Pierre Bergé
Photo by Alex de Brabant

Pierre Bergé: “Yves died at the right time”

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Short Profile

Name: Pierre Bergé
DOB: 14 November 1930 (d. 8 September 2017)
Place of Birth: Île d'Oléron, France
Occupation: Entrepreneur, Former CEO of YSL

Mr. Bergé, is it true that you met Yves Saint Laurent for the first time at Christian Dior’s funeral in 1957?

Well, you can see us both in a picture that shows the mourning guests, but in fact I met him on February 3, 1958 during a dinner organized by Marie-Louise Bousquet. I had come to congratulate him a few days after his first collection at Dior was presented. We were living together six months later.

What was it about that encounter that stuck with you?

I didn't know very much about fashion at that time. I was a very close friend of Christian’s and of some other haute couture masters like Balenciaga, but for me fashion was not an art. In my eyes, it was just something to make money. But the morning of his first show at Dior I understood that something happened with me. I realized that I was stupid. I loved what I saw and I just knew that Yves Saint Laurent would be a great fashion designer.

After Yves Saint Laurent got fired from Dior for refusing military service in Algeria, you founded his eponymous fashion label with him and acted as the CEO for over 40 years, a very long and successful partnership.

We had a Berlin Wall between us. I never interfered with his creative design for commercial reasons and he never came to me to talk about money. Ever.

Money wasn’t important to Yves Saint Laurent?

No. Because he trusted me and also of course because he knew that he had money. But he never knew how much he had. Never. Money for him was something strange.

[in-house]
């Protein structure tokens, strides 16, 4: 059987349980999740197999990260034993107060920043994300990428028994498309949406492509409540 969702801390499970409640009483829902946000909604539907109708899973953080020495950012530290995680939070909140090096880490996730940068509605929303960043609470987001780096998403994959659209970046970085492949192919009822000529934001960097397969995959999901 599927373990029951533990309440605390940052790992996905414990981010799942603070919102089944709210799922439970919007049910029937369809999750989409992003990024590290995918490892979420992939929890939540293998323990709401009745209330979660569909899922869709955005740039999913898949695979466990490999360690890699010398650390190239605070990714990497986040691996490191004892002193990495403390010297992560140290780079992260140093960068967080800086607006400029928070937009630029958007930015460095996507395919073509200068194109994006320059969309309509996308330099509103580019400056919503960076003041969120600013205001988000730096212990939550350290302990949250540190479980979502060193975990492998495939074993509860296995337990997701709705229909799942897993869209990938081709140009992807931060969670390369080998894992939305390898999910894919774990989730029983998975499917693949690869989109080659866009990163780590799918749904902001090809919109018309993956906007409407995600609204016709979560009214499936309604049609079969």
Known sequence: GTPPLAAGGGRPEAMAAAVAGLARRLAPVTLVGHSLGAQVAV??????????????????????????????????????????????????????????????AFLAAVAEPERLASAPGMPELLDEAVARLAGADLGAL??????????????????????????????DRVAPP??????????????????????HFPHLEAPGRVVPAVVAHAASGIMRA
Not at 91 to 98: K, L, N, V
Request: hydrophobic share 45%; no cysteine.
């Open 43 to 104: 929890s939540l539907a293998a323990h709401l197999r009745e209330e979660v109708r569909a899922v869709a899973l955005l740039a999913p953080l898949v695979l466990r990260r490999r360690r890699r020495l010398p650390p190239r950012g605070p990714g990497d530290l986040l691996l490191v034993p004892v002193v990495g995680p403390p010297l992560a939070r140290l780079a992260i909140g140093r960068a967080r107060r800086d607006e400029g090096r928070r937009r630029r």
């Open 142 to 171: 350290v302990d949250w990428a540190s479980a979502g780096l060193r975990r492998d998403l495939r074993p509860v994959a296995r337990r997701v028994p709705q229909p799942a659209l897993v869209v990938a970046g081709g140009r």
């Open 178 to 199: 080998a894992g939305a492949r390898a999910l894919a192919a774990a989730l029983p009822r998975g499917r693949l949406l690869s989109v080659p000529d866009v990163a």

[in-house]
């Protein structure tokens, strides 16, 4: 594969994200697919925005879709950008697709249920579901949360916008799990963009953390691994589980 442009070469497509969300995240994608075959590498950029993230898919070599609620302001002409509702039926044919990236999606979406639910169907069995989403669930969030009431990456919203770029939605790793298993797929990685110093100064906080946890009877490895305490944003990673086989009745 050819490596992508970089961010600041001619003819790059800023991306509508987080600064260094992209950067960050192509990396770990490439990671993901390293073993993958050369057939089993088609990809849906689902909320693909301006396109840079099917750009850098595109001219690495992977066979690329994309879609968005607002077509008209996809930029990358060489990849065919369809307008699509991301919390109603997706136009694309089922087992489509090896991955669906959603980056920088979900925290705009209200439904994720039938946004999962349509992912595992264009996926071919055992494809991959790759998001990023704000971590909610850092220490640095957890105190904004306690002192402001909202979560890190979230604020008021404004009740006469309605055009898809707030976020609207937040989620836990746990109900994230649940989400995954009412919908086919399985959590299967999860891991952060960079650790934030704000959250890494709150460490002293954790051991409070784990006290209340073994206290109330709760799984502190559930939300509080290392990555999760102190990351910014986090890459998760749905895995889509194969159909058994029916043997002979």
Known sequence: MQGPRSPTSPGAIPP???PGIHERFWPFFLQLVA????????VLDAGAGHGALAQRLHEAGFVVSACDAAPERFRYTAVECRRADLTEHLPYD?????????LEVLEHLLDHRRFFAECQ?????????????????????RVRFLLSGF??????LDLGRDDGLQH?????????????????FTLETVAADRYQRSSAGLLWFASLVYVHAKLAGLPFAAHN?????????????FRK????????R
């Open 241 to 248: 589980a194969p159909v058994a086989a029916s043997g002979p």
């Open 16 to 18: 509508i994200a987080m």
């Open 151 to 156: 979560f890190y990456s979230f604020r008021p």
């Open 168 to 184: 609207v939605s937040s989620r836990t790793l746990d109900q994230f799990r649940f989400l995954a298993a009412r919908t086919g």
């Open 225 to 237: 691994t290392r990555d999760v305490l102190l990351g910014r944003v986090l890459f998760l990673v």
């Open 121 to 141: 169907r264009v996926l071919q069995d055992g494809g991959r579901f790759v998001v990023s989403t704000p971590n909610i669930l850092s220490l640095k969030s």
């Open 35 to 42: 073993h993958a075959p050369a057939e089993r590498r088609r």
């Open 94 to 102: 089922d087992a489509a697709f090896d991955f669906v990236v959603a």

“Yves Saint Laurent is, along with Chanel, the most important fashion designer of the 20th century.”

Perhaps that’s the reason you ended up with such an amazing art collection. Were you able to simply buy anything that you liked without second–guessing?

Well, it was not so easy, not in the very beginning. When we started our business we didn't have money, but later on money was not important enough for us to not spend it on art. We were very proud of the collection that we created.

You sold it in the biggest private auction ever for €373,500,000 after he died. Why did you sell it if it was so important for you both?

When I decided to sell the collection after Yves died, it was not only a nostalgic decision, but also a money decision. But the money was not for me. As you might know, we have a foundation that needs money and a big part of that sale went to the foundation. I am involved in many, many endeavors, like fighting against AIDS, supporting theaters, and many other things. I decided to sell the collection mainly for that reason – to have money for those purposes.

Were you with him the moment he died?

Of course. I had decided to go to Montreal for a weekend to visit an exhibition when I got a call from the doctor. He said that it was a question of maybe one or two weeks. Before and after that, I sat by his side.

He had brain cancer. Did Yves Saint Laurent know that his death was approaching?

Not at all. He never knew. The doctor told me that there was nothing more to do and we mutually decided that it would be better for him to not know. You know, I have the belief that Yves would not have been strong enough to accept that.

How did you feel when he wasn't there anymore?

It is so difficult and almost impossible to describe. But you might have also experienced that in your life: it is very different if someone passes away suddenly, by an accident or a stroke or after a long illness. I was kind of expecting it and that helped me to be prepared for this big loss.